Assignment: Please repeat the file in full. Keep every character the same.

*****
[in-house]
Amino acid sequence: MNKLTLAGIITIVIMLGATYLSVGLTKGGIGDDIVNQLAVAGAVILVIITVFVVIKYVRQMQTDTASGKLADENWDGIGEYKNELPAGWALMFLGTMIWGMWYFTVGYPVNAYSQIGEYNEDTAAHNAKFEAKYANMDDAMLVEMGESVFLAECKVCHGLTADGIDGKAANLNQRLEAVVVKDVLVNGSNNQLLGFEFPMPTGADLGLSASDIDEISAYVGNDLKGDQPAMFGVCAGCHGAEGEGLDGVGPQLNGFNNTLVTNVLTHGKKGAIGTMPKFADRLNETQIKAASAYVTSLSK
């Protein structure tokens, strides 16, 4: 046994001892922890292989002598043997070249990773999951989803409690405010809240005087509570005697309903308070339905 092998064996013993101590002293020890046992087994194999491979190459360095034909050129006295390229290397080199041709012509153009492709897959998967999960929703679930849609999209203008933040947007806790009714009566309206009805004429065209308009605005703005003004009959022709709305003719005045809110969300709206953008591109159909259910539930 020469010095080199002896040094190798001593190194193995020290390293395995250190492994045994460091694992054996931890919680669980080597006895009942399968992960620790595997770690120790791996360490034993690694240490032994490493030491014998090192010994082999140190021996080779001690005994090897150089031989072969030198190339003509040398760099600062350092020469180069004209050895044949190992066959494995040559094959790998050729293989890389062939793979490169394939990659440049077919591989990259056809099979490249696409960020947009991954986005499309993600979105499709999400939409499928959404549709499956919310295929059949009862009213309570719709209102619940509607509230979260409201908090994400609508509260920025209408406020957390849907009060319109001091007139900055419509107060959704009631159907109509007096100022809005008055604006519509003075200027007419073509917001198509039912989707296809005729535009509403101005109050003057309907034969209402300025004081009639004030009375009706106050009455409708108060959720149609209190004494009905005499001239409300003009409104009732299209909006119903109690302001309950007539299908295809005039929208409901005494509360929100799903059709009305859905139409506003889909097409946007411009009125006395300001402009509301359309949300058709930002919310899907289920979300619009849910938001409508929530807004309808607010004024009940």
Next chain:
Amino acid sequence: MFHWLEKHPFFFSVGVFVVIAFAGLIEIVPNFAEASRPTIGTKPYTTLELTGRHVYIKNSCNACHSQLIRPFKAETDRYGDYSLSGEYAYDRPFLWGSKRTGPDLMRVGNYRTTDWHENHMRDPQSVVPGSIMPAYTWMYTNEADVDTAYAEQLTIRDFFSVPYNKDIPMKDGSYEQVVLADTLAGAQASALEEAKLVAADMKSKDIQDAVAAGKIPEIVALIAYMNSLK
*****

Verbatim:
[in-house]
Amino acid sequence: MNKLTLAGIITIVIMLGATYLSVGLTKGGIGDDIVNQLAVAGAVILVIITVFVVIKYVRQMQTDTASGKLADENWDGIGEYKNELPAGWALMFLGTMIWGMWYFTVGYPVNAYSQIGEYNEDTAAHNAKFEAKYANMDDAMLVEMGESVFLAECKVCHGLTADGIDGKAANLNQRLEAVVVKDVLVNGSNNQLLGFEFPMPTGADLGLSASDIDEISAYVGNDLKGDQPAMFGVCAGCHGAEGEGLDGVGPQLNGFNNTLVTNVLTHGKKGAIGTMPKFADRLNETQIKAASAYVTSLSK
């Protein structure tokens, strides 16, 4: 046994001892922890292989002598043997070249990773999951989803409690405010809240005087509570005697309903308070339905 092998064996013993101590002293020890046992087994194999491979190459360095034909050129006295390229290397080199041709012509153009492709897959998967999960929703679930849609999209203008933040947007806790009714009566309206009805004429065209308009605005703005003004009959022709709305003719005045809110969300709206953008591109159909259910539930 020469010095080199002896040094190798001593190194193995020290390293395995250190492994045994460091694992054996931890919680669980080597006895009942399968992960620790595997770690120790791996360490034993690694240490032994490493030491014998090192010994082999140190021996080779001690005994090897150089031989072969030198190339003509040398760099600062350092020469180069004209050895044949190992066959494995040559094959790998050729293989890389062939793979490169394939990659440049077919591989990259056809099979490249696409960020947009991954986005499309993600979105499709999400939409499928959404549709499956919310295929059949009862009213309570719709209102619940509607509230979260409201908090994400609508509260920025209408406020957390849907009060319109001091007139900055419509107060959704009631159907109509007096100022809005008055604006519509003075200027007419073509917001198509039912989707296809005729535009509403101005109050003057309907034969209402300025004081009639004030009375009706106050009455409708108060959720149609209190004494009905005499001239409300003009409104009732299209909006119903109690302001309950007539299908295809005039929208409901005494509360929100799903059709009305859905139409506003889909097409946007411009009125006395300001402009509301359309949300058709930002919310899907289920979300619009849910938001409508929530807004309808607010004024009940």
Next chain:
Amino acid sequence: MFHWLEKHPFFFSVGVFVVIAFAGLIEIVPNFAEASRPTIGTKPYTTLELTGRHVYIKNSCNACHSQLIRPFKAETDRYGDYSLSGEYAYDRPFLWGSKRTGPDLMRVGNYRTTDWHENHMRDPQSVVPGSIMPAYTWMYTNEADVDTAYAEQLTIRDFFSVPYNKDIPMKDGSYEQVVLADTLAGAQASALEEAKLVAADMKSKDIQDAVAAGKIPEIVALIAYMNSLK